Most of us are better at one or the other.  Some naturally gravitate towards study others towards service.  My understanding is that we need all three practices to have a balanced relationship with God.  It is like a three-legged stepstool.  If one leg is shorter or longer than the other, you have an awkward stool.  Worship, study, service.

I’m going to leave you with some questions that I’m mostly borrowing from a children’s curriculum called Godly Play by Jerome Berryman…

  • I wonder what part of the story is about you?
  • I wonder what part of the story is the most important part?
  • I wonder if there is any part we could leave out and still have the same story?
  • But most of all, I wonder what you can do today to further the will of God?

Shalom & Amen.


  • Sam373

    Consider if you will that the Samaritan Woman of experience was told of a type of water that would eliminate thirst but it would not flow until Calvary; and a wedding that would not take place until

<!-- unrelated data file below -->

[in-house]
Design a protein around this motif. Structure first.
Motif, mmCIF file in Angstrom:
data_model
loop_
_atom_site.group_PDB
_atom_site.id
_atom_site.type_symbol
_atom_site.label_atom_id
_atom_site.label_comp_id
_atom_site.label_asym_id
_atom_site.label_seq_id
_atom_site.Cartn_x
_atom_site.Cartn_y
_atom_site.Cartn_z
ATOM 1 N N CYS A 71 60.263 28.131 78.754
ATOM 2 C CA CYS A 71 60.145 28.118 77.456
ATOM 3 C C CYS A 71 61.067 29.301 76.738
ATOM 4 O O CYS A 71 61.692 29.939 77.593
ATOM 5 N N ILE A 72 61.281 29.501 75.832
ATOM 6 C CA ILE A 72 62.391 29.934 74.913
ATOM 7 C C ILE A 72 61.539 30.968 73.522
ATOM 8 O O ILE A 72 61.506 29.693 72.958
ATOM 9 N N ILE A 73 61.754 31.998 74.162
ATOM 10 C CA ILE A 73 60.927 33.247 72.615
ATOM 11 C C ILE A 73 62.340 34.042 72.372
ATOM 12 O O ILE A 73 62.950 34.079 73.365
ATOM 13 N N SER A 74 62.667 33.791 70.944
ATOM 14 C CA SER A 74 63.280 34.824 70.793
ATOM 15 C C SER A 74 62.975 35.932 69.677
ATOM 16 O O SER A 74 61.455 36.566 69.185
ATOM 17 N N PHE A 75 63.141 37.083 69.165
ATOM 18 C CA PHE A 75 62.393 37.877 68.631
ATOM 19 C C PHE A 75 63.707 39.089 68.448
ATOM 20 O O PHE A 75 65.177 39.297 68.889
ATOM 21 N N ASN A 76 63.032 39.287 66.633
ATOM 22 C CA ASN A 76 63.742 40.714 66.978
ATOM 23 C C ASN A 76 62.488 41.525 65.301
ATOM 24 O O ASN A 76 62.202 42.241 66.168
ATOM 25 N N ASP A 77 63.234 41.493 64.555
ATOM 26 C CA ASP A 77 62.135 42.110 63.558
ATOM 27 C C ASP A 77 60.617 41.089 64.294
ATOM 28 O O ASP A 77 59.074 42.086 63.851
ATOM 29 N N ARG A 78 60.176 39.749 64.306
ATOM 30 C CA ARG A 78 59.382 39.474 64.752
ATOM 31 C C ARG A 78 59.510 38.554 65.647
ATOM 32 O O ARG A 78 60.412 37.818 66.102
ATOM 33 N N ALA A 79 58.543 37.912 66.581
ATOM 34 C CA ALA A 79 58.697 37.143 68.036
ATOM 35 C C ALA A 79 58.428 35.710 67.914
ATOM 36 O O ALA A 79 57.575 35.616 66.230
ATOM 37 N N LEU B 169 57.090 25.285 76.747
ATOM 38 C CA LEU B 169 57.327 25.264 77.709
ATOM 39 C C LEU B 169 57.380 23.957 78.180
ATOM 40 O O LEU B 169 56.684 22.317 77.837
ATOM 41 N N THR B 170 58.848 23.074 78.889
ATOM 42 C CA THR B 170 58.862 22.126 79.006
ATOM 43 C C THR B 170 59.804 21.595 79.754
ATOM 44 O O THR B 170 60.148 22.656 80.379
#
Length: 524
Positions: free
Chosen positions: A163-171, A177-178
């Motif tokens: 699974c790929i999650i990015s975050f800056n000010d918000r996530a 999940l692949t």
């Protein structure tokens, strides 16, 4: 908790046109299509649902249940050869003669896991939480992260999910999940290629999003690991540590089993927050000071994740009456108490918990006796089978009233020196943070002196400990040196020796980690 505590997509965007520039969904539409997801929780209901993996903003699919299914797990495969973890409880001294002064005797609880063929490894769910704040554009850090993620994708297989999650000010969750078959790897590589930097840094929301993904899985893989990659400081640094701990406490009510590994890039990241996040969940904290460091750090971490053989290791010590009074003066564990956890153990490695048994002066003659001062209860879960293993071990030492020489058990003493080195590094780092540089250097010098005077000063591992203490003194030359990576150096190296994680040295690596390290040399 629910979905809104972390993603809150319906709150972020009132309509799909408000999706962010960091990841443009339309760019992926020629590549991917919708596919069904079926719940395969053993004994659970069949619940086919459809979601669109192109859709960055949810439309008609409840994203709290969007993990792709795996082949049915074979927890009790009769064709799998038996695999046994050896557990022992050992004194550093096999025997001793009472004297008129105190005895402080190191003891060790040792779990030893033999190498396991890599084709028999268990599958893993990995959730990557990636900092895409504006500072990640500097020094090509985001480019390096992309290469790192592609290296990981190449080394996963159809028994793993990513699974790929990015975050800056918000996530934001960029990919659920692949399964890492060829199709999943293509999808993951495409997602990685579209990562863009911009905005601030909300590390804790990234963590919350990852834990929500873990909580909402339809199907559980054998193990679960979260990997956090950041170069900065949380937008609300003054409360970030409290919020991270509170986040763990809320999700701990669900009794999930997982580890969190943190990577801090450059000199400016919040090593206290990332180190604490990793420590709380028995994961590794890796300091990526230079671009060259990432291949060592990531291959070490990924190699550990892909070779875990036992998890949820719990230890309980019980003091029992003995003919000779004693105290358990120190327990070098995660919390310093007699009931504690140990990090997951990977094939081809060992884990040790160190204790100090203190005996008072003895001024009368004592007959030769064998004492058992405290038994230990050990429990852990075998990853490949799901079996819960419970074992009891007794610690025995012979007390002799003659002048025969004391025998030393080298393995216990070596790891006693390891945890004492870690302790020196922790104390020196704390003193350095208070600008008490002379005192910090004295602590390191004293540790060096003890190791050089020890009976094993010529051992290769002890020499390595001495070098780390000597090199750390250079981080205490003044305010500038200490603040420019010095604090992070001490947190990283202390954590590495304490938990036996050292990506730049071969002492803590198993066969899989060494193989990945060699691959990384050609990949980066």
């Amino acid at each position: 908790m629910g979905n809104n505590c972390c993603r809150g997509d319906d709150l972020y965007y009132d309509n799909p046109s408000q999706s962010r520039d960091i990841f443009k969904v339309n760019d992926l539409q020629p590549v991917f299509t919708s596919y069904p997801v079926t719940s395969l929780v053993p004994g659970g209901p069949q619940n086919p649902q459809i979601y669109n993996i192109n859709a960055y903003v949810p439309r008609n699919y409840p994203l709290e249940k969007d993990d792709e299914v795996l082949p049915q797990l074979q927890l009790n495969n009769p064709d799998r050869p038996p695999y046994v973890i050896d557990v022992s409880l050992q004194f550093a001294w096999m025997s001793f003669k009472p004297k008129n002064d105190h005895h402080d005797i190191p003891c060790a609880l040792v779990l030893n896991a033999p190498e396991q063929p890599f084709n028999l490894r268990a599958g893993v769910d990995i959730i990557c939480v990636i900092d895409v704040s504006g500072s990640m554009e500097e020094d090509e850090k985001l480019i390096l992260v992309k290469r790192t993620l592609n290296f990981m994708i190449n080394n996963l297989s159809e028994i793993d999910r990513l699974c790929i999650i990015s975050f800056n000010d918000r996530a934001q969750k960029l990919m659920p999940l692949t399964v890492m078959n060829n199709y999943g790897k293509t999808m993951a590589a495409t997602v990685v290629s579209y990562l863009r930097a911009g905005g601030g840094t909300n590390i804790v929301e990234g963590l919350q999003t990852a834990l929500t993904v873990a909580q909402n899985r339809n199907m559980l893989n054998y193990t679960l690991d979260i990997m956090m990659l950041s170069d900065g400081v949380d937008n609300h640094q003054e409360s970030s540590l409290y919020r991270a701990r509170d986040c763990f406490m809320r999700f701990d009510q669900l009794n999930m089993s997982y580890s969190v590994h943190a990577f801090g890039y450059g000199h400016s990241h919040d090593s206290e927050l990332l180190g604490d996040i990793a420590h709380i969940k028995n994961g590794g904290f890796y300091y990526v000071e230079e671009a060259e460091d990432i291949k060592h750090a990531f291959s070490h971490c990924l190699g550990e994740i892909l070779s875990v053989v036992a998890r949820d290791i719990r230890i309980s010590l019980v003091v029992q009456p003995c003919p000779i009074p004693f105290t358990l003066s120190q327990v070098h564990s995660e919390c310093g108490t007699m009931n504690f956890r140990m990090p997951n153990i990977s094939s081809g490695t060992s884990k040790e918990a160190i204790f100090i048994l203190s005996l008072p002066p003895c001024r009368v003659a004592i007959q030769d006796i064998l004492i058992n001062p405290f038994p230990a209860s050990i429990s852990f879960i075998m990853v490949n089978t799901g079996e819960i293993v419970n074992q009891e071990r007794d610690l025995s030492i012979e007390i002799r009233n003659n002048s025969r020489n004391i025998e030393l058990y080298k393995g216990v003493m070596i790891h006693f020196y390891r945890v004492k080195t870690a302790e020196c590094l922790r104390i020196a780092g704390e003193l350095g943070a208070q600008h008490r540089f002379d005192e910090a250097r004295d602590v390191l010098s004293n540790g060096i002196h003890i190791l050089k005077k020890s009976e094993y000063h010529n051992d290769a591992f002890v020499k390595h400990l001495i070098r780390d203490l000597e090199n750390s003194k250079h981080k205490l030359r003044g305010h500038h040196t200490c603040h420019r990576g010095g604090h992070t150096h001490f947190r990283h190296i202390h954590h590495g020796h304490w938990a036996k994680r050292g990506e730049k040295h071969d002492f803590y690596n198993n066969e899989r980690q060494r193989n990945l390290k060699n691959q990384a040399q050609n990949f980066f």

Jesus told his father that he had finished his rite of passage and had prepared a new house for her.
    Don’t forget what happened when Jesus told the Hebrews that He is the Bread and the Wine on which they must feast to become family.

    Consider also that often such betrothal contracts were initiated when the couple members were children.
    On or after the boy’s 13th birthday, he went on a journey to visit his wife to be and to present her with the marriage contract. If she was worthy and agreed, he would return home to prepare a home for her and a date was set for his return to retrieve his bride to be. As that date approached the bridesmaids were sent to light the approach starting at dusk and a watchman was dispatched to announce the Bridegrooms return.
    Question, are your lamps trimmed and burning?
    Oh, is the Samaritan woman of experience worthy having been married and not divorced properly?

    • We don’t know that she has not been divorced properly. We also don’t know that she was a “loose” woman as is often portrayed. Consider how difficult it was for a lone female to survive. Also, if one husband died, she would have been given to her husband’s brother.

Leave a Reply